Keoghan: It's definitely up there. The Express Pass is there to bail you out of trouble, so use it. The whole losing the passport thing, I mean, you strap that onto your body. You can lose your bag or your mind, but the passport is your ticket to staying in the Race. I think that's the biggest mistake you can make. However, everyone who's lost a passport on the show has admitted that they made a mistake!

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What's the latest on Season 23?
Keoghan: Can you believe it's been 23 seasons? We continue to get teams we could've never dreamed up. There are certain teams you don't even know are out there until you see the combination. Expect some different, new casting announcements. I've started writing the scripts for next season and the challenges are great. ... We will have new places [and we'll start shooting] in the summer. We don't tell people specific dates because they find us anyway. That's one of the things that's changed dramatically since Season 1 with social media.

There are literally fans from around the world who come together and live-tweet and collect sightings of you and the teams. Does that bother you guys? Or do you like that it's almost interactive now? Twitter did help Kaylani get her passport back.
Keoghan: Exactly. There are live updates all the time. Personally, I think it's exciting. What's weird was when we were going one way in an airport and The Amazing Race Asia team was going the other way, but neither of us had any idea that the other would be there. I think anyone who was trying to keep track would've been extremely confused. One of the other franchises was shooting in Christchurch [New Zealand] and my friend emailed me and said, "I can't believe you came to Christchurch and didn't even give me a call." I was like, "What are you talking about?" He manages the Christchurch airport and he said, "I saw the crew and the racers running around the airport." I was like, "Sorry, dude, that wasn't me." But Twitter and social media have added a whole new element for fans. Fans love being in the know. I think overall, our fans are pretty good. They don't give away too much. Sometimes people love dropping spoilers, but our fans are good. They tend to do it in such a way that doesn't ruin it for fans who don't want to know.

Sometimes they withhold major spoilers until after the season's over.
Keoghan: And we love that because I think they think they're part of something bigger. They don't feel like they have to spoil everything. Little teases here and there to whet the appetite are enough.

You're also working on a new show, The Phil Keoghan Project, that's inspired by your dad. What's the latest on that?
Keoghan: We're developing it and taking applications now. My dad grew up working hard, getting up at 5 a.m. to work in the garden. My family is blue-collar people. My dad would always say he came from a hardened generation. He'd say, "All these people are paying now for designer bodies, but my friend built his strength on the farm." He admires people who never had a chance to compete on a sports field, but they still have this functional gift to use their strength in an amazing way. ... So I want to celebrate those blue-collar jobs. I've always been fascinated by people who push themselves to the limit.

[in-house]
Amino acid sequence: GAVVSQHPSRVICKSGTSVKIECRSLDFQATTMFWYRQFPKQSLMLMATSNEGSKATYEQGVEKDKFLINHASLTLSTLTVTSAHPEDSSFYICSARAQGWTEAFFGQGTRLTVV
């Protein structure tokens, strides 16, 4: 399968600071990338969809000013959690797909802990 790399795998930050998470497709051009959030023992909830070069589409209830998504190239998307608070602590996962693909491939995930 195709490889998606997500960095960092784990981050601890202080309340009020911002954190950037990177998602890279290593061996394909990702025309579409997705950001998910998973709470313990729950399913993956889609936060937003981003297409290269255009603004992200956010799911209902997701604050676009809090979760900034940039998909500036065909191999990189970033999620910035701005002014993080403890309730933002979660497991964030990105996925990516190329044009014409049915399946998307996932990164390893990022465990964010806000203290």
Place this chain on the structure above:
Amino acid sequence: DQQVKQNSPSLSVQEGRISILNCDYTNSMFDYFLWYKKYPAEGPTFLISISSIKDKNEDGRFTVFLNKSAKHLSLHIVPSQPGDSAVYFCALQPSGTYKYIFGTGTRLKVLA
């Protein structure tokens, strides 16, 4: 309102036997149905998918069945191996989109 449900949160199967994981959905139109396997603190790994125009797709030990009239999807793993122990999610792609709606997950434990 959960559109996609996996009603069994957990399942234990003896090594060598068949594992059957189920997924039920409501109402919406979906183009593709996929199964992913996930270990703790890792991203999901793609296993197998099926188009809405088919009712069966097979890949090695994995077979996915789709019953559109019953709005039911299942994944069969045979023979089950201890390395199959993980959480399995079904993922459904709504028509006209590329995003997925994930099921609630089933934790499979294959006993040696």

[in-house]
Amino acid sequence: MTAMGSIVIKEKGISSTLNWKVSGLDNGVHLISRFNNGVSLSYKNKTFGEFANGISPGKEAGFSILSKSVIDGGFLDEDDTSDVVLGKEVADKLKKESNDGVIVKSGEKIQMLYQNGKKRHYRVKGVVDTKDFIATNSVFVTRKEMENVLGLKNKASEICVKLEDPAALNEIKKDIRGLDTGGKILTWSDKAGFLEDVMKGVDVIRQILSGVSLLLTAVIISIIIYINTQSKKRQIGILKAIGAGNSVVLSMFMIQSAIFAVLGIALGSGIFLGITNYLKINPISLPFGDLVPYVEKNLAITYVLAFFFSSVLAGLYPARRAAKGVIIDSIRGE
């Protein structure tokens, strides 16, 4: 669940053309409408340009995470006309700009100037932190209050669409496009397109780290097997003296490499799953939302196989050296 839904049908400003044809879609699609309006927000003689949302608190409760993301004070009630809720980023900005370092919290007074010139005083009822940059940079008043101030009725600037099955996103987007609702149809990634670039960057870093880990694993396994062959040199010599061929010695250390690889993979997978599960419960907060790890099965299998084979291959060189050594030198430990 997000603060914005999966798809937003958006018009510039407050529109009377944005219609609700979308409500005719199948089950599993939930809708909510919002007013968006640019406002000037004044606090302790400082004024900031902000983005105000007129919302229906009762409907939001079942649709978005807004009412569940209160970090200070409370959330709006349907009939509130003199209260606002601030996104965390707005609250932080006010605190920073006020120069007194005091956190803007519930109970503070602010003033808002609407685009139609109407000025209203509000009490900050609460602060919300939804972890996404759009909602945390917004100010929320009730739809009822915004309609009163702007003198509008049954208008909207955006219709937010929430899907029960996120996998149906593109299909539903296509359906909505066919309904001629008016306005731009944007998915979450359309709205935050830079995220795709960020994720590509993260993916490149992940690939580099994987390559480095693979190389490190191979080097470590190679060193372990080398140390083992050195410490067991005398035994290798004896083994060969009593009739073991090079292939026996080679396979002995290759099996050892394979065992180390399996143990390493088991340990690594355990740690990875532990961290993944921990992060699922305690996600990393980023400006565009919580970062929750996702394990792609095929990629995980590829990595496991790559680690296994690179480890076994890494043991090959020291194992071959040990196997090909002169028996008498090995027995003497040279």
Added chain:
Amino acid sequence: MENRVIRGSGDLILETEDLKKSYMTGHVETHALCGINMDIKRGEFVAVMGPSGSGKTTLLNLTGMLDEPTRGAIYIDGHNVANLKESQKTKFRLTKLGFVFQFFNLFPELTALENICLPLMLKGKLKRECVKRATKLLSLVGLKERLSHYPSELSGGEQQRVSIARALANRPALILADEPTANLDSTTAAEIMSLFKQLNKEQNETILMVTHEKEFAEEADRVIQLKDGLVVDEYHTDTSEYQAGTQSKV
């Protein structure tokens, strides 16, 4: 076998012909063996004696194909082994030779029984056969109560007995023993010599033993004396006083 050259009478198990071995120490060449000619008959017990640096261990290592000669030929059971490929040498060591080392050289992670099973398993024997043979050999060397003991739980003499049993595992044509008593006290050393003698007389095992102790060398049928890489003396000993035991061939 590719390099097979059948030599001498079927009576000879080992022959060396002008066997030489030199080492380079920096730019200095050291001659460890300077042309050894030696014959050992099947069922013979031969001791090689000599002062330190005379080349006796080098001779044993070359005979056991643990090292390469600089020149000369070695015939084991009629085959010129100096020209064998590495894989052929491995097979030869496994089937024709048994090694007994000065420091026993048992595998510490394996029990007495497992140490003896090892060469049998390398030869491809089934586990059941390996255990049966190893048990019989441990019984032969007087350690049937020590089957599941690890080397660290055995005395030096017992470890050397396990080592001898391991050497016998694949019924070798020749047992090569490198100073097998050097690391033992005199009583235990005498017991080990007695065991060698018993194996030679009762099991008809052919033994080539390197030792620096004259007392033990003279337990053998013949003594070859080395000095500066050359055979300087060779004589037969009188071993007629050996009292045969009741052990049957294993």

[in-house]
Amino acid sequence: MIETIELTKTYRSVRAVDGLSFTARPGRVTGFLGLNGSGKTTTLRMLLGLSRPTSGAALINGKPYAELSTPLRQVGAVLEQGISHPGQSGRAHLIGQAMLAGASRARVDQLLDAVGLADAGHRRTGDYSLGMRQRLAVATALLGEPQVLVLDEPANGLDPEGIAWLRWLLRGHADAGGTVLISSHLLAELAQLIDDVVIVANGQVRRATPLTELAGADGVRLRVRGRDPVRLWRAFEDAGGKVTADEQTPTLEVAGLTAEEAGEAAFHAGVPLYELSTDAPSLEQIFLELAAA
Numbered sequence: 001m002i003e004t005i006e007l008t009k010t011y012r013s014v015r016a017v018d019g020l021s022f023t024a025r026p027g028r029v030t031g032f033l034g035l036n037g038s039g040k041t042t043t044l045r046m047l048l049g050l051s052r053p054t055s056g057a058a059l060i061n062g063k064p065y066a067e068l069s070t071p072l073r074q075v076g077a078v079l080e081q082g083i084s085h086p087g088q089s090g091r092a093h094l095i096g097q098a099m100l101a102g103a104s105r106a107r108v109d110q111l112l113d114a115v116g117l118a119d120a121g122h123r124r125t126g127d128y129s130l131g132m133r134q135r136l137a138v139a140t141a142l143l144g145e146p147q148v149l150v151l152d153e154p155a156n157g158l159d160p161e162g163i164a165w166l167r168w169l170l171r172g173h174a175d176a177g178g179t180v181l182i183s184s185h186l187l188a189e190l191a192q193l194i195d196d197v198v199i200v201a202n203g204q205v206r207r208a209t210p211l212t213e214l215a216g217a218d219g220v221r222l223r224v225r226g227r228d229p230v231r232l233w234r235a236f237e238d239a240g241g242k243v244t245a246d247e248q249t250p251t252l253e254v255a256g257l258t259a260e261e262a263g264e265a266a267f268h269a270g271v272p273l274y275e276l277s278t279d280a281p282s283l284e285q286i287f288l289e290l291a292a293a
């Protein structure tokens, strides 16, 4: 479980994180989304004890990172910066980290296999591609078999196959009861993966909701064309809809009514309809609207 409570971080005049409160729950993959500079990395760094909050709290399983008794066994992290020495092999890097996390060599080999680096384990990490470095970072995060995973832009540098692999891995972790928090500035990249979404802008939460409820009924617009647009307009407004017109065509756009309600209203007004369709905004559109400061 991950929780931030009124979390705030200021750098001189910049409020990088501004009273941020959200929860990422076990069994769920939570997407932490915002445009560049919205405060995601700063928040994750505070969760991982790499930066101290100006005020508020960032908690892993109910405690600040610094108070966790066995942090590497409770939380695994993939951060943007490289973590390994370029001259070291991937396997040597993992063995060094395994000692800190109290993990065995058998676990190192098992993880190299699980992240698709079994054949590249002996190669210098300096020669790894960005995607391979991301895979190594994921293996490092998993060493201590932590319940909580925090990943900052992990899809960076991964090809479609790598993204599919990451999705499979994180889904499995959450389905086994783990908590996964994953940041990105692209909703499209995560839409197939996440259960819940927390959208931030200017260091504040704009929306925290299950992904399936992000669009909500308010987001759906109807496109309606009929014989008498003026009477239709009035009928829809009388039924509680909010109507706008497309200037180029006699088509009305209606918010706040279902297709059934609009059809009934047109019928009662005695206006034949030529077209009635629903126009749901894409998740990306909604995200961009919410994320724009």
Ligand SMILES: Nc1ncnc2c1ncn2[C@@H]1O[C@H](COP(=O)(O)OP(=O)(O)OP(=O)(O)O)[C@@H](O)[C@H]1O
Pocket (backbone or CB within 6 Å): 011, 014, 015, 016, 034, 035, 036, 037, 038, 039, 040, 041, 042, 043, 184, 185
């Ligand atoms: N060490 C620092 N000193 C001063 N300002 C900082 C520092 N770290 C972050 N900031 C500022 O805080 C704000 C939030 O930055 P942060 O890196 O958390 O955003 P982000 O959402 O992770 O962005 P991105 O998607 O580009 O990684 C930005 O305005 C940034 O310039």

"It's very close," let's see about that! I hope so!

Last season he told the truth for once :lol: He said something along the lines "It's an all-out sprint to the finish"

From "The Hollywood Reporter"

'Amazing Race' Host Phil Keoghan Spills Secrets on Season 22 Finale'

Sunday's episode of CBS' reality competition takes the teams to Ireland and Washington, D.C. "We even got the president involved," the host tells THR.

One team is about to be named the winner of The Amazing Race's 22nd season.

One of the final four teams -- newlyweds Max and Katie Bichler; roller-derby moms Mona Egender and Beth Bandimere; hockey brothers Bates and Anthony Battaglia; or friends/country singers Caroline Cutbirth and Jennifer Kuhle -- will win the $1 million prize in the season finale of CBS' reality competition, airing at 8 p.m. Sunday.

Ahead of the two-hour broadcast, host Phil Keoghan gives The Hollywood Reporter a preview of what fans can expect to see -- and shares some of his thoughts on the season's most memorable moments.

The Hollywood Reporter: Were you surprised by any of the teams that made it to the final four?
Phil Keoghan: I was very surprised with Max and Katie. They started out this Race near the back of the pack and seemed to be out of sync for the first half of the Race. But I think the turning point was when they got to Botswana and were pulled over for speeding. Theyíve really come into their own over the past couple of episodes and seem to be firing on all cylinders, especially winning the last leg. Theyíre certainly not lacking any confidence right now -- letís hope they havenít peaked too early.

THR: Can you give our readers a preview of the finale?
Keoghan: We have a great two-hour finale. We start in Belfast, Ireland, with bog snorkeling, which is a fascinating local sport there in Ireland that was dreamed up over a pint of beer. Itís extremely claustrophobic and much tougher than it looks Ö trying to swim in the frigid, dirty water Ö the perfect recipe for a cramp. Weíll get down to the final three teams in Belfast before heading out to our nationís capital in Washington, where we send the teams around to a ton of historical landmarks. And once again, itís a very close finish. The cool thing is that since our last visit, youíll now get to see D.C. in HD. We even got the president involved.

THR: Mona and Beth are certainly the outsiders at this point. Do they still have a shot at winning?